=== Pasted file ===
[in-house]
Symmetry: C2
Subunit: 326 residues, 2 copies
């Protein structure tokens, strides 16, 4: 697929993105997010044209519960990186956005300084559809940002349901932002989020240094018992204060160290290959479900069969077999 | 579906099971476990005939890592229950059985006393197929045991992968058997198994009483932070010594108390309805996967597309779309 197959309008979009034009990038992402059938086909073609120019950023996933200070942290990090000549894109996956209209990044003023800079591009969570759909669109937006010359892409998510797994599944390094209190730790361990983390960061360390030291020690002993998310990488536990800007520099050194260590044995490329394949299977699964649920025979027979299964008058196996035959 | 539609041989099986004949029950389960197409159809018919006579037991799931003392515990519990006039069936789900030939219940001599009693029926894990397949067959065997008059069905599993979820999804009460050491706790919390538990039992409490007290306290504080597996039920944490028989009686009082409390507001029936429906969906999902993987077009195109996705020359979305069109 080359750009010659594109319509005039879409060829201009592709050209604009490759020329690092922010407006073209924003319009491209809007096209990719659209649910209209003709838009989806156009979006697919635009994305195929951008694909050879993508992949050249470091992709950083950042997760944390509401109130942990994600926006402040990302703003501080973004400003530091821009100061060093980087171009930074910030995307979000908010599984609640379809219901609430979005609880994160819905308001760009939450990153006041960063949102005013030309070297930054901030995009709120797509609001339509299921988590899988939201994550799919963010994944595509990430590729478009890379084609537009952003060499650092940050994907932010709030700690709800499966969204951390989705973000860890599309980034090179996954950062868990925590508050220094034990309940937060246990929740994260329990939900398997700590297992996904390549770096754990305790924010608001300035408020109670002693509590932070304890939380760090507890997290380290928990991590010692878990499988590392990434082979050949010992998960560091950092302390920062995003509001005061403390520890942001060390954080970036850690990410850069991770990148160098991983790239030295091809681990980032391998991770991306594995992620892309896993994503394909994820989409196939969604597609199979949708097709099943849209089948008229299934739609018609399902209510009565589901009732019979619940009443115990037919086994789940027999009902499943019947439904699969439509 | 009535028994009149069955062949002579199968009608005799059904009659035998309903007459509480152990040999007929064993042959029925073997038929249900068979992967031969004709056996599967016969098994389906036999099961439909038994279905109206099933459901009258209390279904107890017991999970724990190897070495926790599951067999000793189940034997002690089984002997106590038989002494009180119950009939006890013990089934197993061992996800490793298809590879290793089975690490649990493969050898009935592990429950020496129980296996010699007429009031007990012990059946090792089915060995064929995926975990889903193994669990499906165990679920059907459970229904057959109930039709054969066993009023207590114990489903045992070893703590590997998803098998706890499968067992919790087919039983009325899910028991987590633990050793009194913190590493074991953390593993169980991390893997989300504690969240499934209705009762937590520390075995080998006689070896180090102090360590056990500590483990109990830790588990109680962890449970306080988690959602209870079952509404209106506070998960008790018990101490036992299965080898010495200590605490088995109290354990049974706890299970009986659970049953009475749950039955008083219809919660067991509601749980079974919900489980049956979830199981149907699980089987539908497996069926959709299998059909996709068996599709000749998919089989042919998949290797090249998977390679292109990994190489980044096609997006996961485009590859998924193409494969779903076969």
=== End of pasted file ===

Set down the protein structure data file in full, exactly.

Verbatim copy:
[in-house]
Symmetry: C2
Subunit: 326 residues, 2 copies
């Protein structure tokens, strides 16, 4: 697929993105997010044209519960990186956005300084559809940002349901932002989020240094018992204060160290290959479900069969077999 | 579906099971476990005939890592229950059985006393197929045991992968058997198994009483932070010594108390309805996967597309779309 197959309008979009034009990038992402059938086909073609120019950023996933200070942290990090000549894109996956209209990044003023800079591009969570759909669109937006010359892409998510797994599944390094209190730790361990983390960061360390030291020690002993998310990488536990800007520099050194260590044995490329394949299977699964649920025979027979299964008058196996035959 | 539609041989099986004949029950389960197409159809018919006579037991799931003392515990519990006039069936789900030939219940001599009693029926894990397949067959065997008059069905599993979820999804009460050491706790919390538990039992409490007290306290504080597996039920944490028989009686009082409390507001029936429906969906999902993987077009195109996705020359979305069109 080359750009010659594109319509005039879409060829201009592709050209604009490759020329690092922010407006073209924003319009491209809007096209990719659209649910209209003709838009989806156009979006697919635009994305195929951008694909050879993508992949050249470091992709950083950042997760944390509401109130942990994600926006402040990302703003501080973004400003530091821009100061060093980087171009930074910030995307979000908010599984609640379809219901609430979005609880994160819905308001760009939450990153006041960063949102005013030309070297930054901030995009709120797509609001339509299921988590899988939201994550799919963010994944595509990430590729478009890379084609537009952003060499650092940050994907932010709030700690709800499966969204951390989705973000860890599309980034090179996954950062868990925590508050220094034990309940937060246990929740994260329990939900398997700590297992996904390549770096754990305790924010608001300035408020109670002693509590932070304890939380760090507890997290380290928990991590010692878990499988590392990434082979050949010992998960560091950092302390920062995003509001005061403390520890942001060390954080970036850690990410850069991770990148160098991983790239030295091809681990980032391998991770991306594995992620892309896993994503394909994820989409196939969604597609199979949708097709099943849209089948008229299934739609018609399902209510009565589901009732019979619940009443115990037919086994789940027999009902499943019947439904699969439509 | 009535028994009149069955062949002579199968009608005799059904009659035998309903007459509480152990040999007929064993042959029925073997038929249900068979992967031969004709056996599967016969098994389906036999099961439909038994279905109206099933459901009258209390279904107890017991999970724990190897070495926790599951067999000793189940034997002690089984002997106590038989002494009180119950009939006890013990089934197993061992996800490793298809590879290793089975690490649990493969050898009935592990429950020496129980296996010699007429009031007990012990059946090792089915060995064929995926975990889903193994669990499906165990679920059907459970229904057959109930039709054969066993009023207590114990489903045992070893703590590997998803098998706890499968067992919790087919039983009325899910028991987590633990050793009194913190590493074991953390593993169980991390893997989300504690969240499934209705009762937590520390075995080998006689070896180090102090360590056990500590483990109990830790588990109680962890449970306080988690959602209870079952509404209106506070998960008790018990101490036992299965080898010495200590605490088995109290354990049974706890299970009986659970049953009475749950039955008083219809919660067991509601749980079974919900489980049956979830199981149907699980089987539908497996069926959709299998059909996709068996599709000749998919089989042919998949290797090249998977390679292109990994190489980044096609997006996961485009590859998924193409494969779903076969």